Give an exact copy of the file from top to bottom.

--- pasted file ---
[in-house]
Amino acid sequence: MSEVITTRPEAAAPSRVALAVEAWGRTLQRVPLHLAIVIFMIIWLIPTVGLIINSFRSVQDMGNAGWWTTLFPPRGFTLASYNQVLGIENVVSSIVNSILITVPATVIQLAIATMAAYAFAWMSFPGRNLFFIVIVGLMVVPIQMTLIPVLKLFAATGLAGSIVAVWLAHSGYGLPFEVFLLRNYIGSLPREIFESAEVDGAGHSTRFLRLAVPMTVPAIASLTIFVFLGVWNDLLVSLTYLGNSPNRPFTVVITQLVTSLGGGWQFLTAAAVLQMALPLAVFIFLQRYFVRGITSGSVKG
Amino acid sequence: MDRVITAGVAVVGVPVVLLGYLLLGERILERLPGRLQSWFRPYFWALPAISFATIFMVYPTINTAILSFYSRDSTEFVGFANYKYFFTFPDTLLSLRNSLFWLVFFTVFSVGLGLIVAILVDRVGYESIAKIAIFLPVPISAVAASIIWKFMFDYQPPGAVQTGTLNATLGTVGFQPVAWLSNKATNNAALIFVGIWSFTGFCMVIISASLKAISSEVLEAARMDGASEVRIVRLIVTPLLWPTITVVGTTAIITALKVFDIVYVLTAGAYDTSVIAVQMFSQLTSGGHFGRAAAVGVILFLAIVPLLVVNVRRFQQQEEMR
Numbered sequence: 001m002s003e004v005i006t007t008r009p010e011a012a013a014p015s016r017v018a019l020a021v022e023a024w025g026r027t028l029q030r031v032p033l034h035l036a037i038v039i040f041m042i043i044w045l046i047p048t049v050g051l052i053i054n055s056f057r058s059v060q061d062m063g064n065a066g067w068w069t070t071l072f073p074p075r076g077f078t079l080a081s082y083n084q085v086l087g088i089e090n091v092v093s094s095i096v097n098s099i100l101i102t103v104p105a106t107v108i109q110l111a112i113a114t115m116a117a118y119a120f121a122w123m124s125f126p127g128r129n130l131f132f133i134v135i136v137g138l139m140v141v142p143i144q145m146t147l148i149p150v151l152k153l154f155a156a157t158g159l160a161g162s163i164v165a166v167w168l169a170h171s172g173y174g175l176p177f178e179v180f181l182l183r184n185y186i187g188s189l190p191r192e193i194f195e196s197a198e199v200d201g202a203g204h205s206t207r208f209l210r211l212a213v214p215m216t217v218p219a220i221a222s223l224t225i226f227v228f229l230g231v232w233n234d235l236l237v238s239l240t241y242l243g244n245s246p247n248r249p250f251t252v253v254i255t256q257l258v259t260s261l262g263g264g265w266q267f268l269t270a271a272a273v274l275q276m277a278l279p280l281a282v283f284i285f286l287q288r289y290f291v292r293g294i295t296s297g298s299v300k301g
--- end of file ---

[in-house]
Amino acid sequence: MSEVITTRPEAAAPSRVALAVEAWGRTLQRVPLHLAIVIFMIIWLIPTVGLIINSFRSVQDMGNAGWWTTLFPPRGFTLASYNQVLGIENVVSSIVNSILITVPATVIQLAIATMAAYAFAWMSFPGRNLFFIVIVGLMVVPIQMTLIPVLKLFAATGLAGSIVAVWLAHSGYGLPFEVFLLRNYIGSLPREIFESAEVDGAGHSTRFLRLAVPMTVPAIASLTIFVFLGVWNDLLVSLTYLGNSPNRPFTVVITQLVTSLGGGWQFLTAAAVLQMALPLAVFIFLQRYFVRGITSGSVKG
Amino acid sequence: MDRVITAGVAVVGVPVVLLGYLLLGERILERLPGRLQSWFRPYFWALPAISFATIFMVYPTINTAILSFYSRDSTEFVGFANYKYFFTFPDTLLSLRNSLFWLVFFTVFSVGLGLIVAILVDRVGYESIAKIAIFLPVPISAVAASIIWKFMFDYQPPGAVQTGTLNATLGTVGFQPVAWLSNKATNNAALIFVGIWSFTGFCMVIISASLKAISSEVLEAARMDGASEVRIVRLIVTPLLWPTITVVGTTAIITALKVFDIVYVLTAGAYDTSVIAVQMFSQLTSGGHFGRAAAVGVILFLAIVPLLVVNVRRFQQQEEMR
Numbered sequence: 001m002s003e004v005i006t007t008r009p010e011a012a013a014p015s016r017v018a019l020a021v022e023a024w025g026r027t028l029q030r031v032p033l034h035l036a037i038v039i040f041m042i043i044w045l046i047p048t049v050g051l052i053i054n055s056f057r058s059v060q061d062m063g064n065a066g067w068w069t070t071l072f073p074p075r076g077f078t079l080a081s082y083n084q085v086l087g088i089e090n091v092v093s094s095i096v097n098s099i100l101i102t103v104p105a106t107v108i109q110l111a112i113a114t115m116a117a118y119a120f121a122w123m124s125f126p127g128r129n130l131f132f133i134v135i136v137g138l139m140v141v142p143i144q145m146t147l148i149p150v151l152k153l154f155a156a157t158g159l160a161g162s163i164v165a166v167w168l169a170h171s172g173y174g175l176p177f178e179v180f181l182l183r184n185y186i187g188s189l190p191r192e193i194f195e196s197a198e199v200d201g202a203g204h205s206t207r208f209l210r211l212a213v214p215m216t217v218p219a220i221a222s223l224t225i226f227v228f229l230g231v232w233n234d235l236l237v238s239l240t241y242l243g244n245s246p247n248r249p250f251t252v253v254i255t256q257l258v259t260s261l262g263g264g265w266q267f268l269t270a271a272a273v274l275q276m277a278l279p280l281a282v283f284i285f286l287q288r289y290f291v292r293g294i295t296s297g298s299v300k301g